HIGHER Education Minister Blade Nzimande on Tuesday(today) called for higher taxes to fund free tertiary education for the poor.
“Our country, I would like to argue, has enough money to support free higher education for the poor, but the problem is that more resources are in the private sector than in the government fiscus,” he told the National Assembly.
“My own considered view is that government must have the political will to tax the rich and the wealthy to fund higher education. None of us must develop cold feet about the necessity of taxing the rich to fund our children.”
Nzimande was opening a debate on the nationwide student protests that prompted President Jacob Zuma last week to announce that university fees would not be increased in 2016.
He said an announcement would be made on Thursday as to where government was going to find the R2.6 billion it was going to need to bridge the funding gap created by the concession.
“We are working out exactly what different sectors will contribute together with the minister of finance,” Nzimande told MPs.
He blamed the crisis on advances the ANC government had made since the fall of apartheid in subsidising university education for poor and working class students.
“The nub of the matter is that we are victims of our own successes as the ANC government,” he said, adding that between 2004/5 and the current financial year, the funding allocation to universities from the fiscus had increased from R9.8 billion to R30.38 billion.
“But between 1994 and 2013 we doubled the number of students in higher education. This huge increase, so large a number of poor students, entering the university system — today we are sitting with about a million university students…” he said.
“The increase in financial contribution, however, has not risen in line with the increase we have had, this is what has increased the reliance of our universities on student fees. But in this context we have to closely examine whether universities themselves are spending their monies, including those with reserves, prudently.”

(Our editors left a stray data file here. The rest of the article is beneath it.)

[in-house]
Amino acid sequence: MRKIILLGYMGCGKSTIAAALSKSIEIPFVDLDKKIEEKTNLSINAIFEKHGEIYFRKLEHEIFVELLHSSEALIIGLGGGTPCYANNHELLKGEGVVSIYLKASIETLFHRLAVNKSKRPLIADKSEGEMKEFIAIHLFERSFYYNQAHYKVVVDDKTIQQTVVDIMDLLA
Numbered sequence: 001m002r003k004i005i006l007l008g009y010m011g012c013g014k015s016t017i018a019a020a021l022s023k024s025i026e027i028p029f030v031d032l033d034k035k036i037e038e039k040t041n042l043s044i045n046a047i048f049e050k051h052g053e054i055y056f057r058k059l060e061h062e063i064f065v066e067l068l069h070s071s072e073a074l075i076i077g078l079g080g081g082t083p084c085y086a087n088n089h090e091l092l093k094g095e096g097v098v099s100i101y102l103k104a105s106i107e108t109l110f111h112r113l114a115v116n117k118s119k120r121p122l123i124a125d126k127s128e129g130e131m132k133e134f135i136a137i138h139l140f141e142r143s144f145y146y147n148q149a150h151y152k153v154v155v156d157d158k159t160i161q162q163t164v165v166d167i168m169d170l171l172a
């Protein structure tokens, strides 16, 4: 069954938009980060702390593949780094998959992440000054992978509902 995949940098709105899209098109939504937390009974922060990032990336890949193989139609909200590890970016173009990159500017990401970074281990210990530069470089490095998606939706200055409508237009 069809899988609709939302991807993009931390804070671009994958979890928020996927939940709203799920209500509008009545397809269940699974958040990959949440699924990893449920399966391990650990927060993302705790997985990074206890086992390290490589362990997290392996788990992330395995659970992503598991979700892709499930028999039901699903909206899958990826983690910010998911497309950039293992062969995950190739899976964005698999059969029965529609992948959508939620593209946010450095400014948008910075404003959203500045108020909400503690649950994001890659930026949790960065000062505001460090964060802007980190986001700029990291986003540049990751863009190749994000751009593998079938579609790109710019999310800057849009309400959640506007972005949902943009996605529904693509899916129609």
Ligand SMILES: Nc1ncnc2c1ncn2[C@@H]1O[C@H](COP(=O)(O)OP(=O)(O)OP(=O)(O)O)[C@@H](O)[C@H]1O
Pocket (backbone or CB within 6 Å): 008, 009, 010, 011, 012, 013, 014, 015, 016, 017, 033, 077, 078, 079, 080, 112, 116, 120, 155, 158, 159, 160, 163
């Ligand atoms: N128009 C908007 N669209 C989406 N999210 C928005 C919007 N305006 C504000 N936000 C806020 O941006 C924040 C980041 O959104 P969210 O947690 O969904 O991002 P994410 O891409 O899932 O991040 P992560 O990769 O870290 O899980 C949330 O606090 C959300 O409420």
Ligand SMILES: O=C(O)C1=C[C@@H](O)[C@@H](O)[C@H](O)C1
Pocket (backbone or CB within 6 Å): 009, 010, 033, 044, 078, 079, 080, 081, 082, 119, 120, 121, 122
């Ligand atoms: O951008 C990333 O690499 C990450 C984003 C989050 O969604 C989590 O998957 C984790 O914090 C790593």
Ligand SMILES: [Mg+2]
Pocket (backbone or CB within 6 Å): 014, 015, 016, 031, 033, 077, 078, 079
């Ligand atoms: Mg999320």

A few students howled their objection, and later clapped when opposition MPs rose to criticise the ANC and called for fees to be scrapped for poor students.
Speaker Baleka Mbete urged them to be quiet.
The student slogan “Blade must fall” was echoed by some opposition parties MPs who called for Nzimande’s head.
The Inkatha Freedom Party’s Mkhuleko Hlengwa lashed out at the minister for being what he termed “insensitive”, “out of touch”, and “detached from reality” in his response to the students’ demands.
“The honourable minister must do the right thing and resign,” he said to some cheers from the few students seated in the public gallery.
Democratic Alliance MP Yusus Cassim also took aim at Nzimande, saying the minister should take direct responsibility for the crisis.
“Shuffle out Blade, the SACP can have him all to themselves.”
“The fees will fall. The only question is what will fall first – the fees or the ANC government?” he said.
The Economic Freedom Fighters called for free tertiary education, and Cope, the National Freedom Party, and United Democratic Movement (UDM) concurred that “fees must fall”.
UDM MP Nqabayomzi Kwankwa said the fact that all political parties were taken aback by the revolt that swept campuses and saw thousands of students descend on Parliament in protest last week signalled a disconnect between parties and voters.
His party supported their call for free higher education, he added, partly because it would be a better use for billions of rands lost annually through wasteful government spending.
Freedom Front Plus MP Pieter Mulder mocked the embattled Nzimande, as well as the ANC’s criticism of the police for using force to disperse the students. He said Nzimande had spent years calling for a mass revolution.
“When it came he found himself on the wrong side,” he said.
Mulder said it was telling that the students did not allow the government to shift blame for the funding problems plaguing tertiary education.
“I must congratulate the students. In this instance they were not brainwashed.”
He said the fact that their battle cry soon turned to “ANC must fall”, showed that the real issue driving the protests was wider.
“Everybody knows it is about a broader anger at a government that only makes promises and fails to deliver.”
DA leader Mmusi Maimane accused Zuma and Nzimande of failing to act incisively and said he rejected the idea that there was not enough money available to increase funding for higher education. He added that Nzimande had withheld two reports that set out the extent of the funding crisis.
“In fact, Blade must fall,” he said.
Cope leader Mosiua Lekota said the fact that there would be no fee increase next year simply meant that there would be increases in 2017.
“We don’t want that. We want zero fees,” he said. – ANA